Dubai: The woes of Turkey and its currency lira seem to be far from over, at least in the short term.
After losing 11.5 per cent of its value last week, Turkish lira may be in for a free fall even as holidays this week are expected to keep trading thin.
The Turkish currency may continue to resume its fall after a three-day pause last week as a ratings agency cut the sovereign ratings to near the junk category.
“Turkey and trade is likely to remain on investors’ mind this week. Investors will see if some concrete steps are taken to stabilise the currency in Turkey and toning down of rhetoric between the US and Turkey,” said Aditya Pugalia, Director, Financial Markets Research, Emirates NBD.
Turkish lira closed 3.15 per cent higher to 6.0175 on Friday. The currency has shed more than 80 per cent of its value, making it the worst performing currency in the world.
Last week, the US warned of more sanctions if their pastor Andrew Brunson, whom Turkey accused of playing a part in the 2016 attempted coup, is not freed.
“While no new information was made available by the Finance Minister, it was reassuring to know that any form of capital control is not on the government’s agenda,” said Abhishek Kumar, lead emerging market debt manager, State Street Global Advisors.
“The market seems to have had lost all hope from Turkey but clearly the global linkages of a country which was once considered for inclusion in the EU are too deep to ignore,” he added.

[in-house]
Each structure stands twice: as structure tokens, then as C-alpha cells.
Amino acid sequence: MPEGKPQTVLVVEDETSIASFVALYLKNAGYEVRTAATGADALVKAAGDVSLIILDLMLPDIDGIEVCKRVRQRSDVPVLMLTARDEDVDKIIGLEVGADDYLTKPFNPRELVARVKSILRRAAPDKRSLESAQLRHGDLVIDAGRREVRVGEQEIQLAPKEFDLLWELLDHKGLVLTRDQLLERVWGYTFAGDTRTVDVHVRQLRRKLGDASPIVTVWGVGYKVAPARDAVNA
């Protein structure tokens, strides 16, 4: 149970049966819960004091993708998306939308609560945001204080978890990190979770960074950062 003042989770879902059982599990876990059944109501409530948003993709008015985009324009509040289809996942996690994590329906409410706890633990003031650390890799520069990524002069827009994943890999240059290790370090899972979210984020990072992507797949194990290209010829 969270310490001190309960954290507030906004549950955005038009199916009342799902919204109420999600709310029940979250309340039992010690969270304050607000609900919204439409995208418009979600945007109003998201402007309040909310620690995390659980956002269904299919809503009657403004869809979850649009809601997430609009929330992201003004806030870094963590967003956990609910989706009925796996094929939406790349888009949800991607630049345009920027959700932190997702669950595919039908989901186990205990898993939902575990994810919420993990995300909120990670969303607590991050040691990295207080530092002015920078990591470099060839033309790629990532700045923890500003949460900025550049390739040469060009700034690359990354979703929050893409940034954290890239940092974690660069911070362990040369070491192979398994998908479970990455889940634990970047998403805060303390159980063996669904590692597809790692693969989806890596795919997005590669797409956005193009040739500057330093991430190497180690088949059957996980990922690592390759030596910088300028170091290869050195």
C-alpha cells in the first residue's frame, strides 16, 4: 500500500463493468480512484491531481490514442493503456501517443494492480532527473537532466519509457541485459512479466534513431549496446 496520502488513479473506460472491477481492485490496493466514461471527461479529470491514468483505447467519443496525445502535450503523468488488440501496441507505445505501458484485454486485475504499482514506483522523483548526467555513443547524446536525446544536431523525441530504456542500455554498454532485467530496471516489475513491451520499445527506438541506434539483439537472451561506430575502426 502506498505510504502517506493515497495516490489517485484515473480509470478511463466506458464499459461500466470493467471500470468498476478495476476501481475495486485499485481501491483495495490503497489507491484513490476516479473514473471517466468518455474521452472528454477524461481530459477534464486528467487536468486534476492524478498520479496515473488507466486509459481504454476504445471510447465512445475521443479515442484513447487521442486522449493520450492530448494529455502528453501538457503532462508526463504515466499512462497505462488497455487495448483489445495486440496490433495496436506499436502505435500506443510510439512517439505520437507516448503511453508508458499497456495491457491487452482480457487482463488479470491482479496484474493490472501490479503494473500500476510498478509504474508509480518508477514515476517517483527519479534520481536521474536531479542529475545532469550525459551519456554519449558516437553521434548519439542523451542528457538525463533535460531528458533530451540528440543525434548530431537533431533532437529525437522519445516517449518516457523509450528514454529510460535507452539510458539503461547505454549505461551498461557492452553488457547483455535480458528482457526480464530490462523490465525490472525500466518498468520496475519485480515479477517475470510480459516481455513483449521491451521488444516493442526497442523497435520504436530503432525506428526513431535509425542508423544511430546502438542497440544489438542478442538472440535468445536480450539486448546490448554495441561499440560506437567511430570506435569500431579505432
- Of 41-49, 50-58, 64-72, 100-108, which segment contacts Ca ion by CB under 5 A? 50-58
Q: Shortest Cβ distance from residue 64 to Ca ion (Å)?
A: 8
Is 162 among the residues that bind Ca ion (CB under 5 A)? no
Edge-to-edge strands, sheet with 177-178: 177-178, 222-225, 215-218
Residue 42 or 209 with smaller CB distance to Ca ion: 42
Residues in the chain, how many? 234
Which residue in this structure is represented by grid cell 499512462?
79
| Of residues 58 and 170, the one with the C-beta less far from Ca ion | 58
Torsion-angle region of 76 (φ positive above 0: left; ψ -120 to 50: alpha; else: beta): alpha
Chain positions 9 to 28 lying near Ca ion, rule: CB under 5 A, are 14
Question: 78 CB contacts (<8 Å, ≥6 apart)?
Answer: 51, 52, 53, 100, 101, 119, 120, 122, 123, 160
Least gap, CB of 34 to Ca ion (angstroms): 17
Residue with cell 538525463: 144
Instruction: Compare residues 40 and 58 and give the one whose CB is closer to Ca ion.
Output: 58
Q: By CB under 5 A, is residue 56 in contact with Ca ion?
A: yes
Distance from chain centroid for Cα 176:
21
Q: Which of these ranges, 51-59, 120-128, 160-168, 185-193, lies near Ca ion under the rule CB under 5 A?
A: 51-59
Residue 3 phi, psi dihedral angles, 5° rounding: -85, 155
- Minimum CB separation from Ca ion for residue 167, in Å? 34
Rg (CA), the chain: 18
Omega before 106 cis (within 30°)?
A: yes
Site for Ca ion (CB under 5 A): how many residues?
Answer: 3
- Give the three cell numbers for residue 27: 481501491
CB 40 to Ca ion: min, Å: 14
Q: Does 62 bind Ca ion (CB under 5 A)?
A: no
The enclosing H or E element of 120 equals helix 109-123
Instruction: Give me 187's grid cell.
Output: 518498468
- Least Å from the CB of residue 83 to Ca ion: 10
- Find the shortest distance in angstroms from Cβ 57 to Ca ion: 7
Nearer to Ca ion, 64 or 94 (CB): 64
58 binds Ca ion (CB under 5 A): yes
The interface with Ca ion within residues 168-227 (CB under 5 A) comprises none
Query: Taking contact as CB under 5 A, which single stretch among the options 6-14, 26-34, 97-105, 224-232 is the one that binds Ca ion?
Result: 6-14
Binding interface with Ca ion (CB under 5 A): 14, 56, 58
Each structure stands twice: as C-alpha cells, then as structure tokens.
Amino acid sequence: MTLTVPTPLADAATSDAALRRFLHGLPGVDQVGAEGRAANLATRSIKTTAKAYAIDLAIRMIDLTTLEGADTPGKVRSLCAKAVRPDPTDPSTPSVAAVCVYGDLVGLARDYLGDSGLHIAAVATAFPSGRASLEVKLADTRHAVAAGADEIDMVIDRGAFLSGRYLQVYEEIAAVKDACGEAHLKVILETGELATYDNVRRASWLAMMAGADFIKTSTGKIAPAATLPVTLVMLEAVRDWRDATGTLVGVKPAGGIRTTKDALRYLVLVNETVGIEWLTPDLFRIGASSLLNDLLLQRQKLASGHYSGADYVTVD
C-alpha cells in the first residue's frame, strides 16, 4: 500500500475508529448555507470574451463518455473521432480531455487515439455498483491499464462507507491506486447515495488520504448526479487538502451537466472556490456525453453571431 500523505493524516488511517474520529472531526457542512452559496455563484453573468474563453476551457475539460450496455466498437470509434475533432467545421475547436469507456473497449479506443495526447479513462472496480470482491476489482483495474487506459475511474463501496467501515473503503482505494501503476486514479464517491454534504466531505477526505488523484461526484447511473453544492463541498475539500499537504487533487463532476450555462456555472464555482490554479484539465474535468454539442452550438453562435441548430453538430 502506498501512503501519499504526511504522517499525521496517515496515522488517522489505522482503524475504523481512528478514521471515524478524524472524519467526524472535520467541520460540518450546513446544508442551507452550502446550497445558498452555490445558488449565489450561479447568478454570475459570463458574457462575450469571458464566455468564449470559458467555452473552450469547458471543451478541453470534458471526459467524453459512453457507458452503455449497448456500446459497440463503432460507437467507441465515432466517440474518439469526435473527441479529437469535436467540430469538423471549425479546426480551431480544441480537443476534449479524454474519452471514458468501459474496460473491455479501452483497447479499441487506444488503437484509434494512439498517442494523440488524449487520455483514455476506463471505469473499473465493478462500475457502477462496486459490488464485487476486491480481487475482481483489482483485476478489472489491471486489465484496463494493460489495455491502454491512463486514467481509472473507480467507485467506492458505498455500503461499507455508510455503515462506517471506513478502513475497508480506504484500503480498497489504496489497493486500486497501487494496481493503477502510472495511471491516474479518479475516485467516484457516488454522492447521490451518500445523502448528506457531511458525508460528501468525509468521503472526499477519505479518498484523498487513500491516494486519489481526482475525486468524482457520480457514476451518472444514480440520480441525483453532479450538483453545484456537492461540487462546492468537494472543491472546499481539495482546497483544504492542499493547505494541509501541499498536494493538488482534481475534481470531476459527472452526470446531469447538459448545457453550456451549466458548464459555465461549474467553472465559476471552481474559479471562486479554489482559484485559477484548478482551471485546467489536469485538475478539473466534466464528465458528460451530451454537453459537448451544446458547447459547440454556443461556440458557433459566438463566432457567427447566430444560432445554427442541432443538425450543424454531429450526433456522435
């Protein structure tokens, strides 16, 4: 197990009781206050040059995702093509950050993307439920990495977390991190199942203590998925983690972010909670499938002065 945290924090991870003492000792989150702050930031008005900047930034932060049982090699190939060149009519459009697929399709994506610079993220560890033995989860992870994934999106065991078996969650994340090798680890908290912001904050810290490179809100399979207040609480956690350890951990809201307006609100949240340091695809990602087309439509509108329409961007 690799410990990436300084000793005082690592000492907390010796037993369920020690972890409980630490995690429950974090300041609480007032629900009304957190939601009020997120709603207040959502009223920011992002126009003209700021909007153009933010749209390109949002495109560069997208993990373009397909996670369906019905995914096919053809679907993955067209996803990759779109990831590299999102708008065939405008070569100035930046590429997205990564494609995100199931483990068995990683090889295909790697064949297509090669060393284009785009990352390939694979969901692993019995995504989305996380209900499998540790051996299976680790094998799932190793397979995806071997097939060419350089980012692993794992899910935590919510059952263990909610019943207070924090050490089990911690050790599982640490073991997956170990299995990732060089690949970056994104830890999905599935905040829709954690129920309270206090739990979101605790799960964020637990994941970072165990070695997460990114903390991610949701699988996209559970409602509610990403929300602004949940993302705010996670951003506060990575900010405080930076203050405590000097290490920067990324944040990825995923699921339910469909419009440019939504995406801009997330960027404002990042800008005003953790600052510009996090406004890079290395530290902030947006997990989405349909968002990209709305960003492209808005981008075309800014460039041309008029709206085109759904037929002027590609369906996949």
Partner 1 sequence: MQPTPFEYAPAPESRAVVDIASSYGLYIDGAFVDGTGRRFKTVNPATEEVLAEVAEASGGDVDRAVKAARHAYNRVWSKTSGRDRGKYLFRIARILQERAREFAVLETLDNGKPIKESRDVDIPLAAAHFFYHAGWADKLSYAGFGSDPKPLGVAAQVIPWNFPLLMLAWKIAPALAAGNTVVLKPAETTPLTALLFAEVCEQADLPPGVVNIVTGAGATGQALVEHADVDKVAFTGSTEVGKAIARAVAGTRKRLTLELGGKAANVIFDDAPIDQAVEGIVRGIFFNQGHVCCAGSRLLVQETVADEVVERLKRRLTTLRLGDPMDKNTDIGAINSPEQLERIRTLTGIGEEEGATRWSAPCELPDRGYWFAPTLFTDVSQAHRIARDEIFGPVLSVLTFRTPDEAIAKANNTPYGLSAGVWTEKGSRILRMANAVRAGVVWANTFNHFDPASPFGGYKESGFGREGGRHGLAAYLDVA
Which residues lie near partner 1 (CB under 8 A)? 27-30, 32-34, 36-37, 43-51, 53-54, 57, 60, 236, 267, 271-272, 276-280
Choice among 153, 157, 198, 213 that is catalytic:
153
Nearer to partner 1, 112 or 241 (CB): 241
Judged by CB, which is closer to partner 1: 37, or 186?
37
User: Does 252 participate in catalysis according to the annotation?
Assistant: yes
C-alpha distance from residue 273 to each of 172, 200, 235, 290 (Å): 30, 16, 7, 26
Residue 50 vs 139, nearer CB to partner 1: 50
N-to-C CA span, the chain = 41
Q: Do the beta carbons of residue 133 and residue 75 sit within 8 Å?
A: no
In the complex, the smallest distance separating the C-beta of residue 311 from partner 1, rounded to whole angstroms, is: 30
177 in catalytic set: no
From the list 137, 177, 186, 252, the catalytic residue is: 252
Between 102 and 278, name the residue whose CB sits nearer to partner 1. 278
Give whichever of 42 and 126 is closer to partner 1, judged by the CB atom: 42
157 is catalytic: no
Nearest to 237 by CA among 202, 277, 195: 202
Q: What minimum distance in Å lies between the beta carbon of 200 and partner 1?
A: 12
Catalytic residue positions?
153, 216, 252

Most of the contagion impact may felt on the European stock markets through their banks, which has an exposure of billions of euros to the crises-hit country.
Germany and Italy are the biggest exporters to Turkey in terms of size of exports with Germany exporting almost 25 billion euros to Turkey. Netherlands has the most foreign direct investment at about 18 billion euros and Spanish banks are the most exposed with total exposure of about 65 billion euros.
“The developed market impact is chiefly in European banks. However, we find exposures to be far smaller than headlines suggest: if Turkey defaults overnight, some of the most exposed Spanish banks would probably wipe just one year of earnings,” said Maya Bhandari, Multi-asset portfolio manager at Columbia Threadneedle Investments.
The Euro Stoxx 600 index closed 0.10 per cent lower to 381.06 after losing 1.24 per cent in the past week. The MSCI emerging market index closed 0.13 per cent higher to 1,022.94. The US markets witnessed limited impact from Turkey. The Dow Jones Industrial Average closed 0.43 per cent higher to 25,669.32, after gaining more than 1.4 per cent in the past five sessions. Markets will closely watch Federal Reserve chair Jerome Powell’s speech at the Fed’s annual Jackson Hole conference on August 24 for indications on the monetary policy.
Brent crude, which has been challenging key technical indicators recently, may see more weakness in the coming weeks amid rising US inventory and a slowdown in demand from emerging markets.
Brent crude closed 0.56 per cent higher to $71.83 per barrel, on Friday, while West Texas Intermediate closed 0.69 per cent higher to $65.91 per barrel.
“An EM slowdown carries a big risk of longer-term slowdown in demand growth, the short-term supply outlook still looks challenging and should attract some attention eventually,” said Ole Hansen, head of commodity strategy at Saxo Bank.